The list of apps you can share with grows as you download more applications (like Tumblr, Google+, etc.).
Homescreen: The iPhone’s homescreen, and your options for what can be shown on it, is the most rigid and limited of the three major operating systems. When you unlock your iPhone’s screen, you’re going to be looking at your static rows of icons and nothing else. On Android and Windows Phone, you have the option to have “widgets” or “live tiles,” respectively, that can give you a preview of your new mail, the current weather, top headlines, Facebook and Twitter updates, etc, without having to open any individual app.
Mail: Email on the iPhone is disappointing. Email reliably arrives slower on my iPhone than it does on Android devices, and searching through your archives for old messages is harder on the iPhone.
3G: Word is that Verizon salespeople are now pushing prospective iPhone buyers over to 4G Android devices, because the iPhone 4S runs on the slower 3G network rather than the newer, faster 4G network. Some writers are upset about this, but they really shouldn’t be: The fact is that, to a consumer who just wants a phone that can make calls, send text messages and surf the Internet, the difference between operating systems matters less than the difference between 3G and 4G speeds. According to a 2012 study from PCWorld, 3G smartphones’ (like the iPhone 4S) data speeds were around 1.05 megabytes per second on the download. On Verizon’s 4G LTE network, that number rose to 7.35 megabytes per second. It’s a speed advantage that is tangible when you are surfing the web or downloading apps on your smartphone.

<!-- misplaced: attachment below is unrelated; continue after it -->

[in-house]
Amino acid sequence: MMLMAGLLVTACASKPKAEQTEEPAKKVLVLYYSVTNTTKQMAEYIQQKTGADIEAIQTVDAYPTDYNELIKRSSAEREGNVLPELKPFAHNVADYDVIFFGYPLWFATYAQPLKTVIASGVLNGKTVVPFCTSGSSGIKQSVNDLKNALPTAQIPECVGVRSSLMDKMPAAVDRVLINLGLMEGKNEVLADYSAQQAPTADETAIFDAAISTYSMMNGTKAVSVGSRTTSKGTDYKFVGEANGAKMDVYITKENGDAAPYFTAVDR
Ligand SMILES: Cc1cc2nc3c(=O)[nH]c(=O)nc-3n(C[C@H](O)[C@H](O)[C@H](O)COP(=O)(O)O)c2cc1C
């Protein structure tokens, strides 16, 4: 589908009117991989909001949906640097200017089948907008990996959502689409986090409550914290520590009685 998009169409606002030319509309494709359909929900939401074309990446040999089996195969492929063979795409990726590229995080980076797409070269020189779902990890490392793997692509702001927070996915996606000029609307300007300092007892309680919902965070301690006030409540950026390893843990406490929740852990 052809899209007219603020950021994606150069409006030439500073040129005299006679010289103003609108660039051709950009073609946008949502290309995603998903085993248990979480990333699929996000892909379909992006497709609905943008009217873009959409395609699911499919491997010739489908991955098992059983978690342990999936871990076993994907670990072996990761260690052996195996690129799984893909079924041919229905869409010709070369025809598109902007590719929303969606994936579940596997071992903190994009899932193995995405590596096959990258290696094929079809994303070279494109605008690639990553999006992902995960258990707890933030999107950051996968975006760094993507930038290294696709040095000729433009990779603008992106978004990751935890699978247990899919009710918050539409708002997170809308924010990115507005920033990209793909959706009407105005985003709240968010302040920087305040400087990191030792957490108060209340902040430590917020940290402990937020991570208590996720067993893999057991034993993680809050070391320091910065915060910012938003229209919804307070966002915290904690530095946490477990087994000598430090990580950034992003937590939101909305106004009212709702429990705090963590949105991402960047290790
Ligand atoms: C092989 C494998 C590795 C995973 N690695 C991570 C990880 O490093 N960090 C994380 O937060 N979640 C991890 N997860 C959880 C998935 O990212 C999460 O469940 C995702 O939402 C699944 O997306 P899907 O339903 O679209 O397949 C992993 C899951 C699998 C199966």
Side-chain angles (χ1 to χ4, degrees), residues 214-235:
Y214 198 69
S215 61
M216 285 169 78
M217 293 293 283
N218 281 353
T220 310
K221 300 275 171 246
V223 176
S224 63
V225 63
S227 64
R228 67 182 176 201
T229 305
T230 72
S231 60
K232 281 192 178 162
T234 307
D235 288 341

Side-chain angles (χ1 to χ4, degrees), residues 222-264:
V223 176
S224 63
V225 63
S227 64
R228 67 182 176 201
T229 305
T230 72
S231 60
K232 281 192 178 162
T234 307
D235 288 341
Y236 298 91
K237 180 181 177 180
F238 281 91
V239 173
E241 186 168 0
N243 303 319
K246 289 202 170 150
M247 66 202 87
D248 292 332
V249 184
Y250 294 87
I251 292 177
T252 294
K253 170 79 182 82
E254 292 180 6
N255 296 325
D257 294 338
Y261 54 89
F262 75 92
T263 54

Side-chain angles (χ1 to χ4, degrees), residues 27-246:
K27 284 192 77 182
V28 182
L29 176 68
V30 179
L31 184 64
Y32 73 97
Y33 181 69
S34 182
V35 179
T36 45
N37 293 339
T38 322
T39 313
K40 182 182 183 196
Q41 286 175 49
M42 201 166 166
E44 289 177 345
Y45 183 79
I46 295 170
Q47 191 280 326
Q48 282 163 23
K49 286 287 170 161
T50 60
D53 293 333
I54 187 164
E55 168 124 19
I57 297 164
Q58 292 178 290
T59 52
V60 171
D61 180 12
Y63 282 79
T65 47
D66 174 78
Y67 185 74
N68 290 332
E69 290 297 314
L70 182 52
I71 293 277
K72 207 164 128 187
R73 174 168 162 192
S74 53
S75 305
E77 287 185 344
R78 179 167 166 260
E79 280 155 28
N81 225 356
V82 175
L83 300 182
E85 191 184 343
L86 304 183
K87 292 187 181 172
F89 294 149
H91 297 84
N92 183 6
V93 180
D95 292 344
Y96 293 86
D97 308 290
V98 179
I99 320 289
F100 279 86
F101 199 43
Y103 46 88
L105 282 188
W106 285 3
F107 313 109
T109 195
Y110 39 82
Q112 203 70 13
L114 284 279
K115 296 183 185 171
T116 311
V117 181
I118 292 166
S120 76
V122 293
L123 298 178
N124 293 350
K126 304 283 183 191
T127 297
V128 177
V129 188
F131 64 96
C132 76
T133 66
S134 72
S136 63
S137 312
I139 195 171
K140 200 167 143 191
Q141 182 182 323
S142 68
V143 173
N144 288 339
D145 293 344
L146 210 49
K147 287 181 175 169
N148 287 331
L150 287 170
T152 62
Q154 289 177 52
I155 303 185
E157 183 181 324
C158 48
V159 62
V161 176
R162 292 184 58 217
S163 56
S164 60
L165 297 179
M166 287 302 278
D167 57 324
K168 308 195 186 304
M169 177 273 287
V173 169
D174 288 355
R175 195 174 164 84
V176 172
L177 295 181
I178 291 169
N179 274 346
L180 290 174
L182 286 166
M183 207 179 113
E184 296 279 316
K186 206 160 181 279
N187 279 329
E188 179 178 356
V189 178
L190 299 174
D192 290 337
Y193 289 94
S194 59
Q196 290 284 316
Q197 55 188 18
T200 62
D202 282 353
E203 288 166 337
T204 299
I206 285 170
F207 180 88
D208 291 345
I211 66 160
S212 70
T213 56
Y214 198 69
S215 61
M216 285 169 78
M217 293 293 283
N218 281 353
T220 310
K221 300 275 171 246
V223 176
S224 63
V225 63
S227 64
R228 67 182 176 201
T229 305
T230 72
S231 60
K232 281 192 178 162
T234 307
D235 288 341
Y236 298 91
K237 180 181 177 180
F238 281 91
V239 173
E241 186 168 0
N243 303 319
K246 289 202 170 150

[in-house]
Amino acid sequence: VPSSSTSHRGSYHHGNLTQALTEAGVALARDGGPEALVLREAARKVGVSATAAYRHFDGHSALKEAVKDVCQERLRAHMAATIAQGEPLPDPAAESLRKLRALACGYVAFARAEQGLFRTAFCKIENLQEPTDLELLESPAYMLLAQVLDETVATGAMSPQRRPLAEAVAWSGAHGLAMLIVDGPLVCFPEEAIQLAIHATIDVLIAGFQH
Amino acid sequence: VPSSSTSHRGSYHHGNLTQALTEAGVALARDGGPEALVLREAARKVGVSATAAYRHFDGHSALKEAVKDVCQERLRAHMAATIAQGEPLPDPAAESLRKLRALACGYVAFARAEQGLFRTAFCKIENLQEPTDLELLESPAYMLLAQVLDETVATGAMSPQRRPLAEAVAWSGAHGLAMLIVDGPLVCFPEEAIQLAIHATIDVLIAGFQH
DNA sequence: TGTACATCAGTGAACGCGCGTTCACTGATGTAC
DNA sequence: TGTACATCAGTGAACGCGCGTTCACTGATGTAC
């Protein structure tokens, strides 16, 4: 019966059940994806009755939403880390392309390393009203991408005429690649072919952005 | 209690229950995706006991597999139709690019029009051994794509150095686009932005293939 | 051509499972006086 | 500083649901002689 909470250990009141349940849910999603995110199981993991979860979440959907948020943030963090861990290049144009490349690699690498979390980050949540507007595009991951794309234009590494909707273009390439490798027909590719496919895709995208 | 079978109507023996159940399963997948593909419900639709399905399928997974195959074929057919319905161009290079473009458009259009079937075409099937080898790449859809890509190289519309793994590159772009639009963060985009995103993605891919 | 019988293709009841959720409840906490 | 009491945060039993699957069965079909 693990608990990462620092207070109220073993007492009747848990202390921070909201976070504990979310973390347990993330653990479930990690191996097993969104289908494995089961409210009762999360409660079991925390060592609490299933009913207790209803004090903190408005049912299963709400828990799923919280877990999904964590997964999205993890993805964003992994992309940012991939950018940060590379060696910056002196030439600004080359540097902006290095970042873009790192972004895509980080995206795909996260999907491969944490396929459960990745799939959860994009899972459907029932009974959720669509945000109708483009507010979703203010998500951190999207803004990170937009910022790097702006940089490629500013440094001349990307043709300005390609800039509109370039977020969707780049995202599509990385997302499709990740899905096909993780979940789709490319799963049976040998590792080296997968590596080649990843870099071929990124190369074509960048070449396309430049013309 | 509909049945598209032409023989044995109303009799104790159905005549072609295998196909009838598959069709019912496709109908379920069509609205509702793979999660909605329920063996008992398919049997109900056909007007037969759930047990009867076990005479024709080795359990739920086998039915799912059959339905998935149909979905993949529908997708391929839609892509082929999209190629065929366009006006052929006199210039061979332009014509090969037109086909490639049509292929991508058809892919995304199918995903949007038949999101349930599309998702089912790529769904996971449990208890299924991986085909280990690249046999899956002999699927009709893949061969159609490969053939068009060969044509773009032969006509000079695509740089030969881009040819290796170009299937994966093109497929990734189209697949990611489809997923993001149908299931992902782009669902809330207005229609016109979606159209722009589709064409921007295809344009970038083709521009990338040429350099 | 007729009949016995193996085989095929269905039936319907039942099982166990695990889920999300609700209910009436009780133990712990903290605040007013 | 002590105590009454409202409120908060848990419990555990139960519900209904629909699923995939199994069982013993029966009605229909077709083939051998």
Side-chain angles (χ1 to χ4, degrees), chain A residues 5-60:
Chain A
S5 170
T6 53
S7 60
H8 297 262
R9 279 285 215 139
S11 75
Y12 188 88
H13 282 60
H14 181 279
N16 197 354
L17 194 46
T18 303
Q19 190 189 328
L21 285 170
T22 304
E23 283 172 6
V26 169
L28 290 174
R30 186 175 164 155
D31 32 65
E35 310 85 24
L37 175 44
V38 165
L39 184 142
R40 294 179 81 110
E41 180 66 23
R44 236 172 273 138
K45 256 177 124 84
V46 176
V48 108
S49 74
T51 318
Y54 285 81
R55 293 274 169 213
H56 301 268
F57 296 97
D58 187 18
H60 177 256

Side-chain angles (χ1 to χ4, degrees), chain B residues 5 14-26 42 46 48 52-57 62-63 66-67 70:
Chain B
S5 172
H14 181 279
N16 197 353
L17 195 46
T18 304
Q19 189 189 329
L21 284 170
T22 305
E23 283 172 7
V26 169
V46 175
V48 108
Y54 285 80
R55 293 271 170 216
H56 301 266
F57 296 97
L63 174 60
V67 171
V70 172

So Who Should Buy The iPhone?
Buying an iPhone 4S is like walking into a pizza shop and getting a slice of pepperoni pie. It’s a safe choice that won’t let you down, but if you start to think about it, you might end up wondering what else you might have gotten.
The iPhone 4S is easily the best smartphone option for those who spend a lot of time playing games on their phones or who download a lot of apps to fill out their phone’s functions. For those who use their phone as their primary camera, the iPhone 4S is also the best choice. Given how easy it is to use, and Apple’s famously accessible “Geniuses” at its retail stores, I would also recommend it for first-time smartphone buyers who don’t feel comfortable or confident in their ability to navigate the system. If you anticipate having lots of questions or needing assistance, Apple’s help desk is phenomenal.
For those using their smartphone as an email, text message, Internet-browsing-portal, I would hold off on buying the iPhone until it upgrades to 4G LTE (probably in October), especially if you live in a large city, where 4G coverage will arrive first. You just might feel awfully silly with a 3G phone two years from now, considering the booming speeds and multibillion dollar expansion in 4G LTE networks that the four major U.S. carriers are going through right now. If you’re committed to iOS and the iPhone, wait five months to get a new phone.